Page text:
Provocative playwright Young Jean Lee puts social privilege under the microscope in “Straight White Men”

By Christina Campodonico

Actors Gary Wilmes, Frank Boyd, Richard Riehle and Brian Slaten have a rollercoaster boys-only Christmas in “Straight White Men,” making  its West Coast premiere at the Kirk Douglas Theatre Photo by Craig Schwartz

Actors Gary Wilmes, Frank Boyd, Richard Riehle and Brian Slaten have a rollercoaster boys-only Christmas in “Straight White Men,” making its West Coast premiere at the Kirk Douglas Theatre
Photo by Craig Schwartz

Stepping in to see “Straight White Men” at the Kirk Douglas Theatre feels like entering a hip nightclub. A techno-pop mashup of tunes blares so loudly into the hallway that when you turn the corner to finally see the stage you can’t help but be a little shocked.

This isn’t a hopping nightspot, but a bland suburban living room where adult brothers roughhouse and play video games, jam out to hip-hop and eat Chinese food straight from the carton. It’s more frat house than cool club.

Yet the belying and abrasive musical welcome isn’t the only shocking thing about “Straight White Men.” It’s just the first of many to come.

The play by critically acclaimed New York writer, director and filmmaker Young Jean Lee constantly sets out to unsettle. Frank discussions about race, class and privilege drive the three-act play about three adult brothers who return home for a boys-only Christmas at their father’s house.

When two of the brothers pull out a Monopoly-esque board game called “Privilege” and start brazenly playing it, you can’t help but cringe and laugh at the same time. They pretend to fart and vomit out the dice, while pulling out “excuse” and “denial” cards that rattle off justifications for cultural insensitivity, like: “What I said wasn’t sexist/racist/homophobic because I was joking” or “I don’t have white privilege because it doesn’t exist.”

As self-aware as these men are of the privileges that come with their skin tone, sexual orientation, gender and socioeconomic status, their cavalier and boyish demeanor also tells us how oblivious they are to the very privileges that identity allows. Like a mother watching her kids play, seeing “boys being boys” is disgusting and loveable all at once.

But that discomfort is part of Lee’s intention — to make you squirm as much as she does when she’s generating her material.

“I’m pretty much uncomfortable through the process of making all of my work,” Lee, 41, told The Argonaut. “That’s sort of my MO.”

If you’re not a straight white man, writing about straight white men might get kind of uncomfortable. But Lee, who’s Korean-American and has been dubbed “the most adventurous downtown playwright of her generation” by The New York Times, doesn’t mind getting under other people’s skin — at least that of her characters. Her genre-bending work, which has dealt with immigrant identity, cultural appropriation, racial politics, body image and more, often confronts issues of race and identity head on.

For “Straight White Men,” Lee started with a premise straight out of a Kafka novel: What would it be like to wake up one morning in a completely different body?

“If I were to wake up tomorrow morning and I’m still me, but I’m in the body of a straight white man, what would happen to me?” she muses.

To answer this question Lee took an anthropological approach, soliciting the feedback of Facebook friends and students from Brown University, where she workshopped the play, as well as talking to a lot of straight white men.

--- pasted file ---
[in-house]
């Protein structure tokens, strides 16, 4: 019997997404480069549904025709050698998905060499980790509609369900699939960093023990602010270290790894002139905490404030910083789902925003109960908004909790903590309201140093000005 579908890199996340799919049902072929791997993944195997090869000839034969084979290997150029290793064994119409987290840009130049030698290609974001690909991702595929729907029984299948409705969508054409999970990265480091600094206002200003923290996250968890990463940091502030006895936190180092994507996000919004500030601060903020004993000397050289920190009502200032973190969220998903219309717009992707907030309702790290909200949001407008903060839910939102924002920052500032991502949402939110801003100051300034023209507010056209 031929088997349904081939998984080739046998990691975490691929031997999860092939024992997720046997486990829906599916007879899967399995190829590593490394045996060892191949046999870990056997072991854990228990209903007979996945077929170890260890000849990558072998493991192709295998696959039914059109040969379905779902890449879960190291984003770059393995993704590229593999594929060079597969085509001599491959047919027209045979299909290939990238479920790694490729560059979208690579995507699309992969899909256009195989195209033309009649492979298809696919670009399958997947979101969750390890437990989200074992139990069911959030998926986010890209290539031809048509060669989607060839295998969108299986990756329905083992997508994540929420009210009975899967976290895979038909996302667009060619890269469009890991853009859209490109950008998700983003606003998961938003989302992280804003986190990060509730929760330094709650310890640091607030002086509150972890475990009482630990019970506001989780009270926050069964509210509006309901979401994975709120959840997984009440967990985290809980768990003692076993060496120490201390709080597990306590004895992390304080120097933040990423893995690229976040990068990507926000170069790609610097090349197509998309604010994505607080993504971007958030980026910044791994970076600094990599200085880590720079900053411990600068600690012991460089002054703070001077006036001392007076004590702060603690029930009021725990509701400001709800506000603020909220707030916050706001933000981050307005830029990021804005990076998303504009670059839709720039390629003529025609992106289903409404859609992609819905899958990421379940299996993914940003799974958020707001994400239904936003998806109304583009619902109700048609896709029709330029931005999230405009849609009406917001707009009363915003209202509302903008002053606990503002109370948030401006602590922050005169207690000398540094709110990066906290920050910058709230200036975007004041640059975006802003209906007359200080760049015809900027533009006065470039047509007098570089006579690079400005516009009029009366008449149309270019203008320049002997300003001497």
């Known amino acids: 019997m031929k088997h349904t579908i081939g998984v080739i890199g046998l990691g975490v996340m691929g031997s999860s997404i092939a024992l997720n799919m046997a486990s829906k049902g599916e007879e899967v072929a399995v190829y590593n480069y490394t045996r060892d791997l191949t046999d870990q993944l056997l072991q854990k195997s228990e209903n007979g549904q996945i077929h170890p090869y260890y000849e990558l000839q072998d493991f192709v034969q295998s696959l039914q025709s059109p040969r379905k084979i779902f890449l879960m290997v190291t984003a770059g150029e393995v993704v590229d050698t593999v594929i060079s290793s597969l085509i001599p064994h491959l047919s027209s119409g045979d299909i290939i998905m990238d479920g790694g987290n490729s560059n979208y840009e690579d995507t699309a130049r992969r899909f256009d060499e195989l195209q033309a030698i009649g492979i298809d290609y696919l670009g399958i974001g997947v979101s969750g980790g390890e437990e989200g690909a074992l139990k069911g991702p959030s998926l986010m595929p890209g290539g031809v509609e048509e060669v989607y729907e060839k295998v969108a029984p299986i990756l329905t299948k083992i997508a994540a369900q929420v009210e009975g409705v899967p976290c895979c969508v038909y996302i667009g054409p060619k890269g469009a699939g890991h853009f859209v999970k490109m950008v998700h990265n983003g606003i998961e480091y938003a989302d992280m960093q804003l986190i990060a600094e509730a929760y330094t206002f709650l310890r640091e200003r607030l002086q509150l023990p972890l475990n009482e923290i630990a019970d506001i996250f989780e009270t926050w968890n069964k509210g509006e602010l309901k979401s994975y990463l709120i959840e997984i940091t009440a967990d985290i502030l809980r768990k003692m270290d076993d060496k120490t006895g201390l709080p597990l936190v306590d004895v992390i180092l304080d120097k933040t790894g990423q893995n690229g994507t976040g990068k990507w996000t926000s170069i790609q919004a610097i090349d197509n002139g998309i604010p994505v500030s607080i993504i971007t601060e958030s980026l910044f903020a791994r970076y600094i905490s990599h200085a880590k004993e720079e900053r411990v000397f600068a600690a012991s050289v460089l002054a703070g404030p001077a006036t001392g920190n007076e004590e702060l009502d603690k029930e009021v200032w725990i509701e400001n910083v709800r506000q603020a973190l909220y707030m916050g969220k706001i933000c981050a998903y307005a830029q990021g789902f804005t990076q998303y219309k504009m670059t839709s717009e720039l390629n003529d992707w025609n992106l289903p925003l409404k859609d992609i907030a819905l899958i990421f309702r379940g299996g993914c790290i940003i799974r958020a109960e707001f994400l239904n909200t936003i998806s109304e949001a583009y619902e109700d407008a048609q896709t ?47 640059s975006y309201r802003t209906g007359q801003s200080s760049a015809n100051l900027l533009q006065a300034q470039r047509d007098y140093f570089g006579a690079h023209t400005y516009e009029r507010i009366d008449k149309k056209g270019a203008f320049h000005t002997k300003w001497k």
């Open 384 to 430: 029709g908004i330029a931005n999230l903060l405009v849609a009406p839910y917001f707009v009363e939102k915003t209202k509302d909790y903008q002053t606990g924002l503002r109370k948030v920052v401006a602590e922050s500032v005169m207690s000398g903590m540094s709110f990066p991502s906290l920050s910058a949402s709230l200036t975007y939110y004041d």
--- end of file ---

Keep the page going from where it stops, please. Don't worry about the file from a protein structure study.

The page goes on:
While working on improvisational exercises with her actors to develop material, Lee noticed a lot of restrictive yet nebulous “rules” and “codes” governing their behavior. For instance, how do two men who haven’t seen each other in a long time greet one another? Do they shake hands or hug? Is an embrace too friendly or warm — even gay?

Lee found that expressing emotion physically wasn’t so much a sign of sexual orientation, but a way for men to define their masculinity and avoid seeming feminine at all costs. It was a prohibitive social code.

“To me, hearing about them felt very limiting and suffocating,” she says.

But the most astonishing insight for Lee came from a workshop group of women, queer and minority students at Brown. She asked them how they would want a straight white man to behave and she incorporated those qualities into the character of Matt, the eldest of the three brothers. He’s a smart and sweet guy who lives at home as a companion to his aging and widowed father, but he’s a little aimless when it comes to his own aspirations. When Lee presented the character to the group she was surprised to discover how little they actually liked him, even though they had requested his character specifically.

“Everybody hated him,” says Lee.

Despite the disdain that Matt inspired, Lee sees him as a “point of empathy” within the play because he’s not the typical white male hero that society usually idolizes in film, television and plays. Instead of overcoming obstacles and going after his goals, he’s actually kind of a “loser,” she says.

As in the focus group, Matt, played by Brian Slaten, often gets the short end of the stick in the play. His brothers pick on him, ignore his opinions and interrogate him about his happiness and life goals. Matt attempts to soldier on with a quiet strength against his brother’s inquiries, but Lee doesn’t allow safe haven for long. The familial pressures that ensue may upset your preconceived notions of what it means to be white, straight and male, but that’s exactly how Lee wants it to be — nice and uncomfortable.

“Straight White Men” plays at 8 p.m. Tuesdays, Wednesdays and Fridays, at 2 and 8 p.m. Saturdays, and at 1 and 8 p.m. Sundays through Dec. 20 at the Kirk Douglas Theatre, 9820 Washington Blvd., Culver City. $30 to $55. Call (213) 972-4444 or visit